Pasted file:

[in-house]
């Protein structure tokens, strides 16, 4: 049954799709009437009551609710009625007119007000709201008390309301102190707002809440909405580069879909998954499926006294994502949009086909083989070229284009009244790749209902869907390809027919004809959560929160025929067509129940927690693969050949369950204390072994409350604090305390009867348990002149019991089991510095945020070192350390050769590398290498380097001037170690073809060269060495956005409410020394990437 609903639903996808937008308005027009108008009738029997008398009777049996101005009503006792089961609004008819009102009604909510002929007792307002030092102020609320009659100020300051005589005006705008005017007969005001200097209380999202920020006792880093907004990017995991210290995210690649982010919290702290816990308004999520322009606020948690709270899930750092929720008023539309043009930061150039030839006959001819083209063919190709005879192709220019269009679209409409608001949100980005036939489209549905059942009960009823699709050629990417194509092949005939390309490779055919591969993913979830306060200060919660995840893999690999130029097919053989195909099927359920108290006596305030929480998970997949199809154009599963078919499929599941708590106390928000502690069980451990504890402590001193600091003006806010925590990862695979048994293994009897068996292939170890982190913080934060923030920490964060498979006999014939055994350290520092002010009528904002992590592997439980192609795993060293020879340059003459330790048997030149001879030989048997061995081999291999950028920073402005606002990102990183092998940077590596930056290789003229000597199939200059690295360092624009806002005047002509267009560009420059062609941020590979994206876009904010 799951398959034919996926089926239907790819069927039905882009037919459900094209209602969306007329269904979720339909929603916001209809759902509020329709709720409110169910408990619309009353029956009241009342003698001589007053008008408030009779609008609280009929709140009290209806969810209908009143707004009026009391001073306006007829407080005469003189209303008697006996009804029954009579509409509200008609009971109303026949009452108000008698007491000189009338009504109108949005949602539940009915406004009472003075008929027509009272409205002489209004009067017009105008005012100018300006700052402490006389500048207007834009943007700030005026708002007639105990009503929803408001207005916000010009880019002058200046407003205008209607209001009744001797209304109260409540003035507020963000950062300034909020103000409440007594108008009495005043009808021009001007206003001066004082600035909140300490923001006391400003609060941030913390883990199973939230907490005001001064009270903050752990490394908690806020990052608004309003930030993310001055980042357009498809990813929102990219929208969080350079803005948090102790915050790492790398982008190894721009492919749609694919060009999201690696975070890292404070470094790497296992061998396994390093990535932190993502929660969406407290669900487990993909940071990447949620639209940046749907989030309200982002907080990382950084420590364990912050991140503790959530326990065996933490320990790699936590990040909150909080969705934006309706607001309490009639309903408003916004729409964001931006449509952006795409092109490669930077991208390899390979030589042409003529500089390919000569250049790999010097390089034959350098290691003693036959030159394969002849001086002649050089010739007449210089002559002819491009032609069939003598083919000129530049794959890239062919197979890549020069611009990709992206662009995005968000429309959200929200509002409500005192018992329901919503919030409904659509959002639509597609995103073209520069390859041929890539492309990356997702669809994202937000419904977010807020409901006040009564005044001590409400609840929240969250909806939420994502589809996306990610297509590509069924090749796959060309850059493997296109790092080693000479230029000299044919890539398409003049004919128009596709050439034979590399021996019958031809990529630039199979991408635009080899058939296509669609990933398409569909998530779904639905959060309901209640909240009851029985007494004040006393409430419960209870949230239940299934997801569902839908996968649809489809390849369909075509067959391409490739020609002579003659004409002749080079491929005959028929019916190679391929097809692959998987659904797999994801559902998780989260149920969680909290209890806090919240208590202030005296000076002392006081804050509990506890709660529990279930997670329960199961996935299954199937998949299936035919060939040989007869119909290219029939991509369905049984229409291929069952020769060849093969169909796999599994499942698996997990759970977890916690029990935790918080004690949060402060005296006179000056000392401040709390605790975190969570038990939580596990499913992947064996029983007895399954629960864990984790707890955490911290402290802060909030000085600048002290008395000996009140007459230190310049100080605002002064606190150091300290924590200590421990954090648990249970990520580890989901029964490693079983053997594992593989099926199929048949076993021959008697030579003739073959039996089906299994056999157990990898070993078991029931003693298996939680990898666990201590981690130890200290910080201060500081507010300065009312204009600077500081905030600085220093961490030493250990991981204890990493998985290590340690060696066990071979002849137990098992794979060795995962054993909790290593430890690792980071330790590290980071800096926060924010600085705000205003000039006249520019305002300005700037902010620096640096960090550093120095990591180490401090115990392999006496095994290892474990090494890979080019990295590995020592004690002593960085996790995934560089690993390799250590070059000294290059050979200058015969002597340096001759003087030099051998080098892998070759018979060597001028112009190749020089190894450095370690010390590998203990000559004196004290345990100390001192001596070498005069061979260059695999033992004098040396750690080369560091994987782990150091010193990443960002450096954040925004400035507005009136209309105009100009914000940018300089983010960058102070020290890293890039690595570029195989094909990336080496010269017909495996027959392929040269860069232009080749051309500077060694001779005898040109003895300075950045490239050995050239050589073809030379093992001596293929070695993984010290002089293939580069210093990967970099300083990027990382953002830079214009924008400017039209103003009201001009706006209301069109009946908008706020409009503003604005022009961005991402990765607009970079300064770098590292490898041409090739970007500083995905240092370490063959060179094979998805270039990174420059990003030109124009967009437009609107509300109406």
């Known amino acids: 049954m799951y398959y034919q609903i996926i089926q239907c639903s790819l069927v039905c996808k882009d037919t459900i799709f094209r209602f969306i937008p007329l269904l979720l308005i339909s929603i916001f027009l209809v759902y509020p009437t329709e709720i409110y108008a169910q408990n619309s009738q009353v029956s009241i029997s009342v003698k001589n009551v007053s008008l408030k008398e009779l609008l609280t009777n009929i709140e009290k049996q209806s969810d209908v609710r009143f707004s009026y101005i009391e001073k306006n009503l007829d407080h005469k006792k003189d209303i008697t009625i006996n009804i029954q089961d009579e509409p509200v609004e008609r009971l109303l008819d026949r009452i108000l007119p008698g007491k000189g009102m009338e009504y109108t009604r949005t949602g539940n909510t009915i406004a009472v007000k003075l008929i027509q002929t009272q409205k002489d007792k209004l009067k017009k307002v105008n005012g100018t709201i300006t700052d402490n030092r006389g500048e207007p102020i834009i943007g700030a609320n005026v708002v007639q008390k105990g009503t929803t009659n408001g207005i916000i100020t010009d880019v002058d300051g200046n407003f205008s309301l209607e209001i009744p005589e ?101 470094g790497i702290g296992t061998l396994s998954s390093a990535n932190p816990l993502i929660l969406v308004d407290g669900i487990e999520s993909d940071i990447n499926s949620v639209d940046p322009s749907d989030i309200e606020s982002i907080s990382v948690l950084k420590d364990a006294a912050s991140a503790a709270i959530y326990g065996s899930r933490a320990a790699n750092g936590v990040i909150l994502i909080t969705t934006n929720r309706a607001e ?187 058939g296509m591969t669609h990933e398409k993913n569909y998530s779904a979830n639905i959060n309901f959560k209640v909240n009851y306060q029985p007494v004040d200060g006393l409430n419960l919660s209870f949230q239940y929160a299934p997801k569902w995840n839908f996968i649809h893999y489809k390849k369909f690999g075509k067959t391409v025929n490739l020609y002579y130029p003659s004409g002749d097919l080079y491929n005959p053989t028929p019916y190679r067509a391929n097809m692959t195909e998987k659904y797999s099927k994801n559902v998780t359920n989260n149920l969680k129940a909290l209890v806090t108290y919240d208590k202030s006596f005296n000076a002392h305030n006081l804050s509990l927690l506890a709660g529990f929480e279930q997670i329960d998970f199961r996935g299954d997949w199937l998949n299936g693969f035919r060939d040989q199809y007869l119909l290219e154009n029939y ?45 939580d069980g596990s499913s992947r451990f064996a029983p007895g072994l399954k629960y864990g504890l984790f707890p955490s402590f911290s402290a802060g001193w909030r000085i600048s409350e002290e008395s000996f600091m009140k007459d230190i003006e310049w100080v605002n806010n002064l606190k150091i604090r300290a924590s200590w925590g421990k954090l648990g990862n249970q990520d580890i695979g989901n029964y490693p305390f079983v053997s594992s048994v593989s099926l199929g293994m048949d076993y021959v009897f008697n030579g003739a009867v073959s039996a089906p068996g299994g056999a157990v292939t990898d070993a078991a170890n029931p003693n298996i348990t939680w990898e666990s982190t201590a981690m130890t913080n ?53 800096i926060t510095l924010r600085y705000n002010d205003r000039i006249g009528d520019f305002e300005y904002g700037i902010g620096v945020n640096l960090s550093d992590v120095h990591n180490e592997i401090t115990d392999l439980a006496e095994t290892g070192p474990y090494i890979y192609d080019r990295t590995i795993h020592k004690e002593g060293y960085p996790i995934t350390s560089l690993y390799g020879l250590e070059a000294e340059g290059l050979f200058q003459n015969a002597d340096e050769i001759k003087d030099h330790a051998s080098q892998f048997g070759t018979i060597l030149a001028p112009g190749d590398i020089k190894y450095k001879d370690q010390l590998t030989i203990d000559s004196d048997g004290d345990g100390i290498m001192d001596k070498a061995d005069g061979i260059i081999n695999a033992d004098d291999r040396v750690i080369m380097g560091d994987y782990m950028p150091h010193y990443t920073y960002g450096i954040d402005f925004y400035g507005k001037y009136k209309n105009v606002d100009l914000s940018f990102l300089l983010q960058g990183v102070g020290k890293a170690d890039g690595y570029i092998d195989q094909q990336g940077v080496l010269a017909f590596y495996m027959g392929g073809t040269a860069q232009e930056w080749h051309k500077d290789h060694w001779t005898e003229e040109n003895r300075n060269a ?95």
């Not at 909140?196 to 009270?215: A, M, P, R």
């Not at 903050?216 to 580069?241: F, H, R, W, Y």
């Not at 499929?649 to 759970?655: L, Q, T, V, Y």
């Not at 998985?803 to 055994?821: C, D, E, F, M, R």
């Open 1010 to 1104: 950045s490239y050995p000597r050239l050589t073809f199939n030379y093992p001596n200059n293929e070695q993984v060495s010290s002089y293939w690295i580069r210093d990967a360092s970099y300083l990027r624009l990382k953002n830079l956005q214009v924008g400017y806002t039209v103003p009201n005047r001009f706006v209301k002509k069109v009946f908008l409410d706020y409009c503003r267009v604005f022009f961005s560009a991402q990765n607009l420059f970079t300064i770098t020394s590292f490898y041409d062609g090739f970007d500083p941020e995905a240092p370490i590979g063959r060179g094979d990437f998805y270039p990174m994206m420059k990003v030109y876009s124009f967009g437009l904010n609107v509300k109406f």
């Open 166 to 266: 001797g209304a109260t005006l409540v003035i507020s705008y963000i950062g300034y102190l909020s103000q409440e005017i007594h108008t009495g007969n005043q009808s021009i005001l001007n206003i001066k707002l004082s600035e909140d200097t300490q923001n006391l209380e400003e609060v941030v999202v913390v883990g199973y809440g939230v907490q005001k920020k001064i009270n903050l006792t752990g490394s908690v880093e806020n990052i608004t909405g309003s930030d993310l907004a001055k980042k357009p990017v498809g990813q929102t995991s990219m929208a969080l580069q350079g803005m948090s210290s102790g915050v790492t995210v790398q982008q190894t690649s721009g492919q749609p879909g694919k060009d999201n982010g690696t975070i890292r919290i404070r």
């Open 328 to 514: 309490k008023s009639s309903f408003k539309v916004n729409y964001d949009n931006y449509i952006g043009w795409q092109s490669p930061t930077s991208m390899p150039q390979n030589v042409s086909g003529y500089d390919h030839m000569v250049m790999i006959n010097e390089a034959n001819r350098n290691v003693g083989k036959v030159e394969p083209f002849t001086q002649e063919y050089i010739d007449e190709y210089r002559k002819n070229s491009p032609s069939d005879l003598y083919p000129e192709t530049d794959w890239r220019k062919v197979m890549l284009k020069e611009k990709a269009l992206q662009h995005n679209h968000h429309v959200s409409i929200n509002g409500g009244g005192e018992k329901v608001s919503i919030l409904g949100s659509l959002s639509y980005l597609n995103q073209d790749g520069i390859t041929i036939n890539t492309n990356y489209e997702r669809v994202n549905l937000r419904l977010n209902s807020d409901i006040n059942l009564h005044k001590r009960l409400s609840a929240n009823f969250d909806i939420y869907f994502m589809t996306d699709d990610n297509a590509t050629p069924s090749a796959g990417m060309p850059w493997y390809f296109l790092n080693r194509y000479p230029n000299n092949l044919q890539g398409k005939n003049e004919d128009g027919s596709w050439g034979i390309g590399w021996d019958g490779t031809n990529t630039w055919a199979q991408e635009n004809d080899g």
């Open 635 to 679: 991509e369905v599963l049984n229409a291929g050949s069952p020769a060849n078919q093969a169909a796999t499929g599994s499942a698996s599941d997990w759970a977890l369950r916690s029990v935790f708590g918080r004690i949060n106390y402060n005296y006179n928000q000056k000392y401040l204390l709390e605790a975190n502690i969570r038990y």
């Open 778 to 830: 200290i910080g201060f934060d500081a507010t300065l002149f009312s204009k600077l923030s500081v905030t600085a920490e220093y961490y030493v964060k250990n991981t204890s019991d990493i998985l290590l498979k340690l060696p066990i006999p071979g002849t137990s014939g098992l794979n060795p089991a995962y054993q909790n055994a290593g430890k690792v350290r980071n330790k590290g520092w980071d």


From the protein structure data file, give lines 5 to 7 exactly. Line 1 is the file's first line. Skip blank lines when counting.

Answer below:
């Not at 903050?216 to 580069?241: F, H, R, W, Y």
């Not at 499929?649 to 759970?655: L, Q, T, V, Y």
């Not at 998985?803 to 055994?821: C, D, E, F, M, R």